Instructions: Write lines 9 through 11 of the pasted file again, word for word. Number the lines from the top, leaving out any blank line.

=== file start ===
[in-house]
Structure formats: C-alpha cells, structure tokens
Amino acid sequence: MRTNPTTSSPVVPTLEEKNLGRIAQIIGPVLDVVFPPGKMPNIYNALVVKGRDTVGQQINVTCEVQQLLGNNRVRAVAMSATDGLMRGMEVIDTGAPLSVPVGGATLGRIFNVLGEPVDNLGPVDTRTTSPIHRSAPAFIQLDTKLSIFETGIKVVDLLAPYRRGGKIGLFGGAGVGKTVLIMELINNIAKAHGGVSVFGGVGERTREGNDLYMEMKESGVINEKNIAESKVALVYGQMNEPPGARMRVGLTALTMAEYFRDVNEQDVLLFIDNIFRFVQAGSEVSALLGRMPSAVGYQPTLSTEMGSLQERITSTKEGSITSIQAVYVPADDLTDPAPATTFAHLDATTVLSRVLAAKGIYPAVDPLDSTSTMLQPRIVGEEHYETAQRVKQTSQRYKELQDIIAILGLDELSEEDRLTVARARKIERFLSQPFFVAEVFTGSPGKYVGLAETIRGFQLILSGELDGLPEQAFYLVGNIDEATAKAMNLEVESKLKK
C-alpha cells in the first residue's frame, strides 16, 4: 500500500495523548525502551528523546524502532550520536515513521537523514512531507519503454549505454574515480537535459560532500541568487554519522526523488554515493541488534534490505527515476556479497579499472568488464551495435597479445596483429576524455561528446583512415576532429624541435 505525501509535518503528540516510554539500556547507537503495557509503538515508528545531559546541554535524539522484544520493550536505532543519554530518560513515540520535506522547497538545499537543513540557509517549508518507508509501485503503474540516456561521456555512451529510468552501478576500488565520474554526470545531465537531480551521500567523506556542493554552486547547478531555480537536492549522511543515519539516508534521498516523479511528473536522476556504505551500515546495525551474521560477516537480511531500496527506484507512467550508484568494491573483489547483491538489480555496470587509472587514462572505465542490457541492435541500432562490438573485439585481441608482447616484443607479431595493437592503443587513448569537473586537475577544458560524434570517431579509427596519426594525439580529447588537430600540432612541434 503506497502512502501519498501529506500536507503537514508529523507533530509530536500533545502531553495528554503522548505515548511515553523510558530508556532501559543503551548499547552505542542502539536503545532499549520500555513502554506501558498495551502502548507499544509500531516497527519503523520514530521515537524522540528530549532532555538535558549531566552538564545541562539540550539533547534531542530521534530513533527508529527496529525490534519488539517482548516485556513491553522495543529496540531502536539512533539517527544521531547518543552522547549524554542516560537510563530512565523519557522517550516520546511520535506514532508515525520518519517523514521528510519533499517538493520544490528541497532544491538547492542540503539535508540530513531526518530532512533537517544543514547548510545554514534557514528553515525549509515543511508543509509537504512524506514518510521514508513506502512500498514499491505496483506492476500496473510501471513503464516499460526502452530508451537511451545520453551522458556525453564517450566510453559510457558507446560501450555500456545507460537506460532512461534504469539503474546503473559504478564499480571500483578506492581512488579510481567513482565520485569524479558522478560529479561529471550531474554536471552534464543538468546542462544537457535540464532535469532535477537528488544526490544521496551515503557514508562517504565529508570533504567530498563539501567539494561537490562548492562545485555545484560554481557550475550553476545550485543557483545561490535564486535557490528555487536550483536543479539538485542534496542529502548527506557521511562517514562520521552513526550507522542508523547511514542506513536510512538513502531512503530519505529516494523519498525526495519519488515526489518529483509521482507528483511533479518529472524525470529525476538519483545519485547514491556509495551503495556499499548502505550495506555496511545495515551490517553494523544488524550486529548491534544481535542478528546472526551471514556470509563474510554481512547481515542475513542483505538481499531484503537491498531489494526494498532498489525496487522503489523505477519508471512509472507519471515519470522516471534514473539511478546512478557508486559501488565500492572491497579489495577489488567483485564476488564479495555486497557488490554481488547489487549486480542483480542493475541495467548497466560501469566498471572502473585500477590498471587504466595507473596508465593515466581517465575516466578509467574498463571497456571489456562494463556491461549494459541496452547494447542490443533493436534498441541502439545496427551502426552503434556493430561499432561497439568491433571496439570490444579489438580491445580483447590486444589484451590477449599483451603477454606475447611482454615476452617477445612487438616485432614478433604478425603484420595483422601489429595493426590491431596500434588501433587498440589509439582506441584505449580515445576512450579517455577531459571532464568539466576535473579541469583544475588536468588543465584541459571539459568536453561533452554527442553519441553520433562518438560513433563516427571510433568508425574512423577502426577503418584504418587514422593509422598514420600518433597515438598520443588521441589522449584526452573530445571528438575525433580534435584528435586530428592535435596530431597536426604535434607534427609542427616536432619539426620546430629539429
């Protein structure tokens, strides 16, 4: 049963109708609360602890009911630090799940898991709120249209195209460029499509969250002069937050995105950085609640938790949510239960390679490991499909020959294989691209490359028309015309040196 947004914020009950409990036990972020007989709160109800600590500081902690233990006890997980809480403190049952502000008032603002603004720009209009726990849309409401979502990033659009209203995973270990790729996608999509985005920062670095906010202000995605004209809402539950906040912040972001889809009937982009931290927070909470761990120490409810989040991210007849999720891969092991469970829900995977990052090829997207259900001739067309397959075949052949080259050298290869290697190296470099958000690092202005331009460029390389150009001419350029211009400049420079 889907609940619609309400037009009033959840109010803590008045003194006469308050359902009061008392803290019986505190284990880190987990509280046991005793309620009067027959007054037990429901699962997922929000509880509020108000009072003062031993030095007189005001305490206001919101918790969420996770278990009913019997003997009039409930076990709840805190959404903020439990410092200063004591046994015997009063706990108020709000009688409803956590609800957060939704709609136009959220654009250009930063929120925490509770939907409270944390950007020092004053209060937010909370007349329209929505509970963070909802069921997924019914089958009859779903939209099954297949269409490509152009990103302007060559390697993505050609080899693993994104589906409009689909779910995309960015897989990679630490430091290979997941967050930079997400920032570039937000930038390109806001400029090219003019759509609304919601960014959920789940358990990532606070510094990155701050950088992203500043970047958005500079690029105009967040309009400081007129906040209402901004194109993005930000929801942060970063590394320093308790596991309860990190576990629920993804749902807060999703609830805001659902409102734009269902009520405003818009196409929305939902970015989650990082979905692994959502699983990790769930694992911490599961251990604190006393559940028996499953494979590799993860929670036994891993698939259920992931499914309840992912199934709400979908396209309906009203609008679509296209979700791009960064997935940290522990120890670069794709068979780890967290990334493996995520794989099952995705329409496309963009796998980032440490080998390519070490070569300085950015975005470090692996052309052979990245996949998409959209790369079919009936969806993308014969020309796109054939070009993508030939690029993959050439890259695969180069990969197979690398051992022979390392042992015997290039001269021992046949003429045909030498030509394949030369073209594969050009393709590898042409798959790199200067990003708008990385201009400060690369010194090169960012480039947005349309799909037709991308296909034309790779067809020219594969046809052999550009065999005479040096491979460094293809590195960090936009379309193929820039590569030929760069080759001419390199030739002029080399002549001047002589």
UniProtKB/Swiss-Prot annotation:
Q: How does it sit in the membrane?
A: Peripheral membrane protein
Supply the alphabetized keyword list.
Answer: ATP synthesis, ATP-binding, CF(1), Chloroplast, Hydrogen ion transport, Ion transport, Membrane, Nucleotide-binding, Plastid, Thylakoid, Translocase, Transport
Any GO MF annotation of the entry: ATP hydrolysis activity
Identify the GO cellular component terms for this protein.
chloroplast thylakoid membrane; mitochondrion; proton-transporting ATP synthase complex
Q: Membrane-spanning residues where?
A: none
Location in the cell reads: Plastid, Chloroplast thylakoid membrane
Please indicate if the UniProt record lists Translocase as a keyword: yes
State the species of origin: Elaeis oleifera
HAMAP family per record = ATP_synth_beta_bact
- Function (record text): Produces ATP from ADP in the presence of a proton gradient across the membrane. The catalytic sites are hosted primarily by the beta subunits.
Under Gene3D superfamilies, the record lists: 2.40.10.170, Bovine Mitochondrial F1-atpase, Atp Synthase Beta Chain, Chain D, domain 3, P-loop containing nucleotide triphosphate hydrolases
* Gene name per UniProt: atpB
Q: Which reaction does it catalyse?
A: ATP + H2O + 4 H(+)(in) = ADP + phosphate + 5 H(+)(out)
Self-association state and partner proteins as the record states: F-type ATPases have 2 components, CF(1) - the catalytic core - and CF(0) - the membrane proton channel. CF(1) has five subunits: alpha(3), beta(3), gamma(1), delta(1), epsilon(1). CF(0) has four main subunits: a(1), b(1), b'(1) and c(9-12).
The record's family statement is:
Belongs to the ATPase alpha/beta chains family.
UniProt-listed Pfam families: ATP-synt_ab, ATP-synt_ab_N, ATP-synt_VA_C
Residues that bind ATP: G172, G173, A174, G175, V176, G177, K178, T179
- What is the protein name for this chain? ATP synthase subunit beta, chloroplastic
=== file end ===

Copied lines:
Supply the alphabetized keyword list.
Answer: ATP synthesis, ATP-binding, CF(1), Chloroplast, Hydrogen ion transport, Ion transport, Membrane, Nucleotide-binding, Plastid, Thylakoid, Translocase, Transport
Any GO MF annotation of the entry: ATP hydrolysis activity